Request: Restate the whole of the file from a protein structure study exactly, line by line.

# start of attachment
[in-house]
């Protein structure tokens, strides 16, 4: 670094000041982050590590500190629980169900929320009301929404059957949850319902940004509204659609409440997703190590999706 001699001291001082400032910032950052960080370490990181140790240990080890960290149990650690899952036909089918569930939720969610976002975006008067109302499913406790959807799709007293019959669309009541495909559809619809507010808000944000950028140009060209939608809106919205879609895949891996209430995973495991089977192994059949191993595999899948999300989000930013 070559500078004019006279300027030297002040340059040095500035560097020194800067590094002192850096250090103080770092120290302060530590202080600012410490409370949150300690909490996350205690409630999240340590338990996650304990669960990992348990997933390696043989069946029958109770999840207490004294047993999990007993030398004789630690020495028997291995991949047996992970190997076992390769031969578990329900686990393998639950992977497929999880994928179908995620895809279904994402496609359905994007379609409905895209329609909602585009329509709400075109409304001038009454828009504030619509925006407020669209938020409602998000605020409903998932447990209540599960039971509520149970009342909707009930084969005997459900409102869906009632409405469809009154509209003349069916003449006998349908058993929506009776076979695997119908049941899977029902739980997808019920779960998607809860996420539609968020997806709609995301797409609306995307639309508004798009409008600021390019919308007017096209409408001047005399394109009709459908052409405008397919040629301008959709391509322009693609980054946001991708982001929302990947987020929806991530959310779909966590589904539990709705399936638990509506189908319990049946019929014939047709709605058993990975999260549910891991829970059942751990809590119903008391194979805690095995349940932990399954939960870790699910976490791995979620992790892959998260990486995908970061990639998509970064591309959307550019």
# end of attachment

[in-house]
């Protein structure tokens, strides 16, 4: 670094000041982050590590500190629980169900929320009301929404059957949850319902940004509204659609409440997703190590999706 001699001291001082400032910032950052960080370490990181140790240990080890960290149990650690899952036909089918569930939720969610976002975006008067109302499913406790959807799709007293019959669309009541495909559809619809507010808000944000950028140009060209939608809106919205879609895949891996209430995973495991089977192994059949191993595999899948999300989000930013 070559500078004019006279300027030297002040340059040095500035560097020194800067590094002192850096250090103080770092120290302060530590202080600012410490409370949150300690909490996350205690409630999240340590338990996650304990669960990992348990997933390696043989069946029958109770999840207490004294047993999990007993030398004789630690020495028997291995991949047996992970190997076992390769031969578990329900686990393998639950992977497929999880994928179908995620895809279904994402496609359905994007379609409905895209329609909602585009329509709400075109409304001038009454828009504030619509925006407020669209938020409602998000605020409903998932447990209540599960039971509520149970009342909707009930084969005997459900409102869906009632409405469809009154509209003349069916003449006998349908058993929506009776076979695997119908049941899977029902739980997808019920779960998607809860996420539609968020997806709609995301797409609306995307639309508004798009409008600021390019919308007017096209409408001047005399394109009709459908052409405008397919040629301008959709391509322009693609980054946001991708982001929302990947987020929806991530959310779909966590589904539990709705399936638990509506189908319990049946019929014939047709709605058993990975999260549910891991829970059942751990809590119903008391194979805690095995349940932990399954939960870790699910976490791995979620992790892959998260990486995908970061990639998509970064591309959307550019």